Yes, CBD Mobility Oil helps muscle strain pain in dogs. CBD, or cannabidiol, is a natural hemp extract with potent anti-inflammatory and analgesic properties. The anti-inflammatory effect reduces inflammation, which indirectly reduces pain. The analgesic feature acts directly against the pain. 

The Honest Paws CBD Mobility Oil is formulated to relieve pain and inflammation and promote mobility. The oil is enriched with turmeric and has four strengths for dogs of all sizes. 

What are the Treatments for Pulled Muscles in Dogs?

The treatments for pulled muscles in dogs are listed below. 

  • Cage Rest: Cage rests refers to restricted physical activity and is imperative for dogs with muscle strains. The dog is placed in a size-appropriate, safe cage to rest as much as possible and taken out on a leash only for potting purposes. 
  • Non-Steroid Anti-Inflammatory Drugs: Non-steroid anti-inflammatory drugs (NSAIDs) treat pulled muscles in dogs. NSAIDs reduce inflammation and help relieve pain. 
  • Supplements: Antioxidants, cannabidiol, turmeric, and other mobility-supporting natural ingredients speed up recovery in dogs with muscle pulls. 
  • Compression: Orthopedic braces compress and pressure the injured area of the leg and support the dog’s limb. 
  • Thermal Therapy: Thermal therapy involves using hot or cold temperatures to decrease inflammation and relieve pain. Cold therapy is ideal in the early muscle pull phases to minimize pain and swelling, and heat therapy in the later stages to increase blood supply and healing. 
  • Laser Therapy: The therapeutic laser uses infrared light energy and penetrates the tissue to support pulled muscle healing. The procedure is painless, and dogs tolerate it well.
  • Therapeutic Massage: Therapeutic massage is a manual therapy in which a trained professional massages the region around the pulled muscle to relieve tension. 
  • Therapeutic Ultrasound: The treatment uses ultrasonic waves, which penetrate and vibrate the damaged tissues, supporting healing. 
  • Rehabilitation Exercises: Rehabilitation exercises are a beneficial option for treating dog-pulled muscles in the back leg. They are done with the help of a professional and depend on the pulled muscle.  

Are There Any Medications Commonly Prescribed for Muscle Strains in Dogs?

Yes, there are medications commonly prescribed for muscle strains in dogs. The medications of choice are non-steroid anti-inflammatory drugs or NSAIDs.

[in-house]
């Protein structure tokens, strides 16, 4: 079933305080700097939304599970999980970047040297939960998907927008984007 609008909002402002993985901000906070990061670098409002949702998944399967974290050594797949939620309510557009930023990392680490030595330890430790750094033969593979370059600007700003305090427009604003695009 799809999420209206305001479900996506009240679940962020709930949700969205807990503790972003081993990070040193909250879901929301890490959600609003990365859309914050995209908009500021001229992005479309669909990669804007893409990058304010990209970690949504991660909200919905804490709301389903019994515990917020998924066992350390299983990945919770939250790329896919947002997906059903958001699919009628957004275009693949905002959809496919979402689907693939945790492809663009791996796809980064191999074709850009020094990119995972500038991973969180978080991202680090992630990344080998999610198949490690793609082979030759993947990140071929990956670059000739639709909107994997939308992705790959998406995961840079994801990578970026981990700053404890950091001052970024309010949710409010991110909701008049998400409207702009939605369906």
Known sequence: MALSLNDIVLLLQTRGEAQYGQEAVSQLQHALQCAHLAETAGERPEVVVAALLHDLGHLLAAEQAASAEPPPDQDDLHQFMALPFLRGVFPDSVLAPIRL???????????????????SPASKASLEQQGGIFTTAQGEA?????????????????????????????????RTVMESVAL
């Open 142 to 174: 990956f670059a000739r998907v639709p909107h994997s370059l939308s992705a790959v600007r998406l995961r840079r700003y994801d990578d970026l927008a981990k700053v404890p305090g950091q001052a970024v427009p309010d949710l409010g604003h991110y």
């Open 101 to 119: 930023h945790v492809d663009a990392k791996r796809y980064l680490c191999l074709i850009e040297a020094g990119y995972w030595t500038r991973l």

Non-steroid anti-inflammatory drugs are best suited for treating strained muscles because they reduce inflammation and pain. 

Frequently prescribed NSAIDs are carprofen (Novox or Rimadyl), meloxicam (Melox), firocoxib (Previcox), deracoxib (Deramaxx), and grapiprant (Glliprant). 

Long-term use of non-steroid anti-inflammatory drugs has a high risk of side effects and requires close monitoring. Never give human NSAIDs to dogs since some human NSAIDs are toxic to pets. 

How is Pulled Muscle Diagnosed in Dogs?

A pulled muscle is diagnosed in dogs using physical examination, history collection, and diagnostic tests. 

The vet takes the dog’s history and considers its breed, weight, and lifestyle as risk factors for muscle strains. The physical examination includes a full body evaluation, focusing on the affected leg and the dog’s gait. 

The main diagnostic test is an X-ray of the dog’s strained leg. X-rays do not assess muscles, but local inflammatory changes indicate specific injuries. The X-ray helps rule out other conditions with similar manifestations. 

Advanced imaging techniques, like ultrasonography, thermal imaging, CT scans, or MRIs, are performed on athlete dogs participating in canine sports. 

Can Muscle Strains in Dogs Resolve without Surgery?

Yes, muscle strains in dogs can resolve without surgery. Medical management is successful in cases of minor to moderate strains. Treatment includes non-steroid anti-inflammatory drugs (NSAIDs) combined with compressions, bandages, rest, and physical therapy. 

Surgery is performed on dogs with severe strains and muscle tears. The surgery aims to restore the muscle’s normal function while lessening the pain and inflammation. 

What Measures to Prevent Muscle Strains in Dogs?

To prevent muscle strain in dogs, follow the 5 steps listed below. 

  1. Warm Up the Dog Before Exercise. Warming up before exercising effectively reduces dog muscle strain risk. Stretching raises the muscles’ temperature, improving efficiency and flexibility, and widens the blood vessels, ensuring proper oxygen supply to the muscles.  
  2. Create a Balanced Exercise Regimen. Make an exercise schedule and avoid excess physical activity on specific days. The term “weekend warriors” describes dogs with sedentary lifestyles during the week and exercise excessively on the weekend, increasing the risk of muscle injuries and strains. 
  3. Adapt the Exercise Pace. Pay attention to the dog’s exhaustion levels and adjust the pace as necessary. Dogs get excited easily and disregard their capacity when having fun. 
  4. Avoid Exercising on Uneven Ground. Do not let the dog run or get wild on uneven ground. Rough terrains are hazardous and put the dog at risk of muscle strains and other orthopedic injuries. 
  5. Maintain a Healthy Weight. Soft tissue injuries to the muscles and tendons are more common in overweight and obese dogs because of the extra pressure on the body. Maintain the dog within the normal body weight limit to prevent muscle-straining accidents.